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Humanitarian Pathways for Central Americans: Assessing Opportunities for the Future

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Scaling Up Refugee Resettlement and Other Protection Pathways for Central Americans May Be Challenging but U.S., Canadian Policymakers & Others Should Do, New Brief Argues

WASHINGTON — The exodus of hundreds of thousands of Central Americans from El Salvador, Guatemala and Honduras since 2014 has changed the face of migration throughout the region, with many seeking protection via increasingly strained asylum systems in the United States and Mexico. Asylum applications in Mexico rose 3,739 percent between 2015 and 2021, with Central Americans comprising a large share of applicants. And in the United States, Central Americans represented 44 percent of all asylum claims submitted in U.S. immigration courts in fiscal year (FY) 2021.

As asylum seekers move through the region in large numbers, some policymakers have begun to revisit the role that refugee resettlement could play in addressing these protection needs and to embrace the idea of a regional approach to humanitarian protection for Central Americans. In 2020, only about 550 refugees from El Salvador, Guatemala and Honduras were resettled through programs facilitated by the UN High Commissioner for Refugees (UNHCR).

A Migration Policy Institute (MPI) brief out today examines whether resettlement and other humanitarian pathways such as in-country processing and private sponsorship could—or should—play a greater role in addressing Central American protection needs, and if so, how those pathways could be scaled up.

“Resettlement and other humanitarian pathways have a clear role to play in addressing the protection needs of Central Americans,” write MPI analysts Susan Fratzke and Andrea Tanco. “Although resettlement is not likely to be a viable option for the majority of individuals in the region who are seeking safety, it can be a valuable tool—alongside in-country protection mechanisms and asylum capacity-building—for providing access to protection for people who cannot find security in their home or neighboring countries.”

Already, there is a growing focus on expanding resettlement. The Biden administration raised the FY 2022 resettlement quota for Latin America and the Caribbean to 15,000 places—triple the prior year allocation. Canada also has shown interest in expanding resettlement of Central Americans. Yet scaling resettlement up will be complicated, the brief notes, given limited data on refugee populations that results in reliance on local partners, a network of nongovernmental organizations, that are not always familiar with resettlement program requirements.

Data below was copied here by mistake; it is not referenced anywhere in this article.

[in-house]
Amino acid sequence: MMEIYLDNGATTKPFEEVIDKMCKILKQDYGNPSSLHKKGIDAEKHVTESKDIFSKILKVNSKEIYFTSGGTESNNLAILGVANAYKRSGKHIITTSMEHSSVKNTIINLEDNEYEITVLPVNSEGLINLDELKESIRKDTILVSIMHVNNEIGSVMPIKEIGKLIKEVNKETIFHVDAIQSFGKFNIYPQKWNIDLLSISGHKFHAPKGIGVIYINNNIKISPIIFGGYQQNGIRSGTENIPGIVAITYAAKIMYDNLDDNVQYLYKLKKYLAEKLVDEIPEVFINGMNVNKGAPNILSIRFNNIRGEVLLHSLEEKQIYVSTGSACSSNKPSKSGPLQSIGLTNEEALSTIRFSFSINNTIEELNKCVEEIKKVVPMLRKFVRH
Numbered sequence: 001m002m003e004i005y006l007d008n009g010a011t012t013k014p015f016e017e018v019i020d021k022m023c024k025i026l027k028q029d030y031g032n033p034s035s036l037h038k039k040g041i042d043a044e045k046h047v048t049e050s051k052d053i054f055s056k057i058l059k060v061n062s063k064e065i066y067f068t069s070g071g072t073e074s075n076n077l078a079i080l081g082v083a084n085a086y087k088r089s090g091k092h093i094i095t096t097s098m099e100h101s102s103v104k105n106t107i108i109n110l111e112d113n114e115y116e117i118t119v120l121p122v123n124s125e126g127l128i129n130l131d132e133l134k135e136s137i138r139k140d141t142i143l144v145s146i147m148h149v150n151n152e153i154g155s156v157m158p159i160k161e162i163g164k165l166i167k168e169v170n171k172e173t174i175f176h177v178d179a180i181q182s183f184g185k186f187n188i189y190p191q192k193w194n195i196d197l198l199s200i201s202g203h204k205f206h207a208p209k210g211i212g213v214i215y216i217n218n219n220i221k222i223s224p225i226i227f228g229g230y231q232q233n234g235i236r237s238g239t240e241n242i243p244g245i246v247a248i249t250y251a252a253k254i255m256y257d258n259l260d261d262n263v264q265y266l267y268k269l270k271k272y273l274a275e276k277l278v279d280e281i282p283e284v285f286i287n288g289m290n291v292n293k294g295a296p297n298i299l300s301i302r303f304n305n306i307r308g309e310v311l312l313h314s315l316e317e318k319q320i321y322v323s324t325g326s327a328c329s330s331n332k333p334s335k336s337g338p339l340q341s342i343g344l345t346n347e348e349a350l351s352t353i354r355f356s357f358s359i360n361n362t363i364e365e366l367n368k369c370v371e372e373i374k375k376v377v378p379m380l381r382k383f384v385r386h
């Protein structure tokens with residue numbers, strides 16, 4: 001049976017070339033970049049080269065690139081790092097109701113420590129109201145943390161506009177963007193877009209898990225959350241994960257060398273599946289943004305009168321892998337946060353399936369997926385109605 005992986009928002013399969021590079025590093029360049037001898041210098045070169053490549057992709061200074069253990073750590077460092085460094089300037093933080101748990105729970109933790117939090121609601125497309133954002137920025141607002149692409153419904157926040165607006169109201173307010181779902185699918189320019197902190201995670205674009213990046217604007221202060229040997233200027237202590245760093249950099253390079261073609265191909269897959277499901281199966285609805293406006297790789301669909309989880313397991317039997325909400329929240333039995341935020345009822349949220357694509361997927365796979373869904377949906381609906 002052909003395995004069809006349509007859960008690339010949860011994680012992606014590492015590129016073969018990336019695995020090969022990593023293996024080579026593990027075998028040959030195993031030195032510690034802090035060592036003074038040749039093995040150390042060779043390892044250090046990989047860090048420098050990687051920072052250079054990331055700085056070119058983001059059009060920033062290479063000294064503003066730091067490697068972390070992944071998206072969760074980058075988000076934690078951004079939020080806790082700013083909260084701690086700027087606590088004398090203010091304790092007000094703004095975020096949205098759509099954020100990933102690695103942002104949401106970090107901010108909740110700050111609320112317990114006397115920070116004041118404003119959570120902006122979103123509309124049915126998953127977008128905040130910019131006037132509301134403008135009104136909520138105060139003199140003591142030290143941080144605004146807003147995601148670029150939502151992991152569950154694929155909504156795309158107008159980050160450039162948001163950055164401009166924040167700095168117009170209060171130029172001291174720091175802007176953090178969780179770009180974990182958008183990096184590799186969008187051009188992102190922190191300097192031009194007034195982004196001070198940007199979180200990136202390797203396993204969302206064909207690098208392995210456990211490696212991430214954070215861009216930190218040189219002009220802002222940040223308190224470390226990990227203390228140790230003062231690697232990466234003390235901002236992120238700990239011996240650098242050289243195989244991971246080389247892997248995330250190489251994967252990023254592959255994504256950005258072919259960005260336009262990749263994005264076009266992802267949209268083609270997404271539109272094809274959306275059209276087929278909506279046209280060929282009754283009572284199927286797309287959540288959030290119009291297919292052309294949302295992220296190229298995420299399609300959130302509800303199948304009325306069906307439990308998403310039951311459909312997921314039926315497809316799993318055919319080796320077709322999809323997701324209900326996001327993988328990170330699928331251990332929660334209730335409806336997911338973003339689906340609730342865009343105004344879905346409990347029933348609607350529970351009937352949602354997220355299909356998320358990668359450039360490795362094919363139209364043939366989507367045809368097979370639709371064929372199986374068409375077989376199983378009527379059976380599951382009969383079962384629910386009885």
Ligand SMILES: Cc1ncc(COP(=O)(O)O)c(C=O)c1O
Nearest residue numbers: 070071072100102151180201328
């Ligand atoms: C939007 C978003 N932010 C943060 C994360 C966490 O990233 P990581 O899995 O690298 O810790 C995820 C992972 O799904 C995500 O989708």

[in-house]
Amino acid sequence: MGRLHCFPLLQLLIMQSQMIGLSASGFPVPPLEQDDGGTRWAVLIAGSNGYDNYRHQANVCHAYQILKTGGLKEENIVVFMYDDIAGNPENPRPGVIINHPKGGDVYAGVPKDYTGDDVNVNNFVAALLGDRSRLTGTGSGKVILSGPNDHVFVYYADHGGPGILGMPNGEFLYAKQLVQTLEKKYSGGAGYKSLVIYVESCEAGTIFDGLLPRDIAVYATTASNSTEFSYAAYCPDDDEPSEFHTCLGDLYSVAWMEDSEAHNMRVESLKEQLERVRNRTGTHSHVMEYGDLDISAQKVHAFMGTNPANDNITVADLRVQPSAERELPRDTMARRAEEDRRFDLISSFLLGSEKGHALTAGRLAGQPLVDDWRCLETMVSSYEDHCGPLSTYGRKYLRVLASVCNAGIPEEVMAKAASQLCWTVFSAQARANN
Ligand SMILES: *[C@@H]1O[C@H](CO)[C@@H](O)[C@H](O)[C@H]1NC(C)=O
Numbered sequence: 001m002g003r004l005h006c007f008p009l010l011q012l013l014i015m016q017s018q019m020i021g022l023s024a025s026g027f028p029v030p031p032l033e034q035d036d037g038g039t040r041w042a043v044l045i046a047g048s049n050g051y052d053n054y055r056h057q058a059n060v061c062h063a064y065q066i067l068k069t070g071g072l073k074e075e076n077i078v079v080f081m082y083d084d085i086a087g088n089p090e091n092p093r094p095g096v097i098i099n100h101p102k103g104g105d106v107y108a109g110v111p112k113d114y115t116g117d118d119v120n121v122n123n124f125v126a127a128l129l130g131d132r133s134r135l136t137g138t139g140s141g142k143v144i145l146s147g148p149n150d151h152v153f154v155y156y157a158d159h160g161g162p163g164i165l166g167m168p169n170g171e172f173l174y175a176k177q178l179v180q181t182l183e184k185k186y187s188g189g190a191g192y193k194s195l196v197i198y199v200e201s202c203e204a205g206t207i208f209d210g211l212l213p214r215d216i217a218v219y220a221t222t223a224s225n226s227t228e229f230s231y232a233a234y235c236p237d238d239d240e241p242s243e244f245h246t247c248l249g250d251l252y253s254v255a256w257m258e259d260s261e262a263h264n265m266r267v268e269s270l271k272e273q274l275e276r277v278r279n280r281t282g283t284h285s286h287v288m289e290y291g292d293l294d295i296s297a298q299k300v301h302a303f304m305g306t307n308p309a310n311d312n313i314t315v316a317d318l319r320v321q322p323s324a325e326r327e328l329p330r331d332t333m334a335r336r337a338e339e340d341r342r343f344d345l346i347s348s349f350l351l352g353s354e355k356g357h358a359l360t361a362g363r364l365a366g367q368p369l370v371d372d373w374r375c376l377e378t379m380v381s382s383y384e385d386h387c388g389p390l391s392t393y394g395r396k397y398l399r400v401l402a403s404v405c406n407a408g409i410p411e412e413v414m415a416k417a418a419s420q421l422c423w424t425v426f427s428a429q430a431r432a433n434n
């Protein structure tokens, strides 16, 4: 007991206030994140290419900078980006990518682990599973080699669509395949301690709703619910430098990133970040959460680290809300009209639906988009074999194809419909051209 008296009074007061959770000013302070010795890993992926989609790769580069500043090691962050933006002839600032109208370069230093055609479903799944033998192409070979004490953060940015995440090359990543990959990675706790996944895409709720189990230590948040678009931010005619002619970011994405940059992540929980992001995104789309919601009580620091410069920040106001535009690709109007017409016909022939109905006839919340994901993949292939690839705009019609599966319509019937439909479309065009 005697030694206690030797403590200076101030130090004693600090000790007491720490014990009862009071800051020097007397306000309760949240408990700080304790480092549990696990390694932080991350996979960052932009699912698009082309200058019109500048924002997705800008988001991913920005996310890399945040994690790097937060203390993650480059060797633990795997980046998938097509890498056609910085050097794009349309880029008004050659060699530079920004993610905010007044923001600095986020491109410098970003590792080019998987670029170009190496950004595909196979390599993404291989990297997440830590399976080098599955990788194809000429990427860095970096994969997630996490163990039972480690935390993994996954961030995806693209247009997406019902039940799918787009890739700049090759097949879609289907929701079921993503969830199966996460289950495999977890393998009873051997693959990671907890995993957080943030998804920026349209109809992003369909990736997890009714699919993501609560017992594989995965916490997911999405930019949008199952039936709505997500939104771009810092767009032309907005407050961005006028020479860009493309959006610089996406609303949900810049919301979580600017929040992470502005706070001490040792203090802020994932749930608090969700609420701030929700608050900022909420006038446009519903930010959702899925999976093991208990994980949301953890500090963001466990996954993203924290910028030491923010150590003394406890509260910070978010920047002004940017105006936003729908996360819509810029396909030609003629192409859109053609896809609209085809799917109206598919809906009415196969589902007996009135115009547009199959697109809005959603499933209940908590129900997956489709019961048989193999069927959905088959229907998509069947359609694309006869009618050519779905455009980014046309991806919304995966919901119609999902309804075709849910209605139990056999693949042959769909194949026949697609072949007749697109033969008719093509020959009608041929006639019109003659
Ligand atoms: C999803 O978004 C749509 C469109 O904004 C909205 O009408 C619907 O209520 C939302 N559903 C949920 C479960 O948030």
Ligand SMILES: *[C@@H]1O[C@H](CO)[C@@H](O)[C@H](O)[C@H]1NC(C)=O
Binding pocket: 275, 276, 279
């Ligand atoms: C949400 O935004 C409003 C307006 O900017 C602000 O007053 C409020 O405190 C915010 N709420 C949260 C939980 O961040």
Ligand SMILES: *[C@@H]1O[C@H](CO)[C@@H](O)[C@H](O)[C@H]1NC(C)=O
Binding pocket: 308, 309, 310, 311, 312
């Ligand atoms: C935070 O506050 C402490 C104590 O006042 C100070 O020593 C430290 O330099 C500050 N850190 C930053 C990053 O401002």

The brief also examines use of the Protection Transfer Arrangement, by which a small number of the most at-risk individuals are relocated to a facility in Costa Rica to await resettlement processing. The program’s high costs and risks associated with transferring cases before they are fully vetted make it an option in only the most at-risk cases.

To address these challenges, the brief offers several strategies for U.S. and Canadian policymakers and UNHCR, including:

  • **Build the protection capacity of local NGOs. **The ability of NGOs to protect the individuals whose cases they have submitted for resettlement processing is critical to the resettlement program’s mission, but it is also a key bottleneck in the referral and processing system. Funding should continue to be dedicated to supporting the growth of the NGO network, including to new locations within Central American countries, and to ensuring that NGO partners receive high-quality training on how to prepare case files.
  • **Improve processing times and address resettlement backlogs. **Lengthy resettlement processing times are a central barrier to resettlement for Central Americans. The United States has one of the longest processing times of any resettlement country, and pandemic-related delays have exacerbated this. The U.S. government should continue to dedicate resources to identifying ways to streamline and simplify resettlement screening.
  • Continue to grow other humanitarian pathways such as private sponsorship of refugees and family reunification. The private sponsorship program the United States plans to launch could play a valuable role in supporting refugee identification efforts by allowing diaspora and civil-society groups connected to the region to participate in nominating individuals who may be eligible for resettlement. While Central Americans have typically been less represented in the Canadian private sponsorship program, civil society and diaspora in Canada could similarly make use of that program to provide another pathway to Canada.

You can read the brief, Humanitarian Pathways for Central Americans: Assessing Opportunities for the Future, here: www.migrationpolicy.org/research/humanitarian-pathways-central-americans.

And in Spanish here: www.migrationpolicy.org/research/vias-humanitarias-personas-centroamericanas.

This work is the latest from MPI’s Building a Regional Migration System project. It presents a new approach to managing regional migration that is centered around four specific pillars: effective humanitarian protection systems, targeted legal pathways, professionalized migration management and informed investments in development and governance in countries of origin, transit and reception.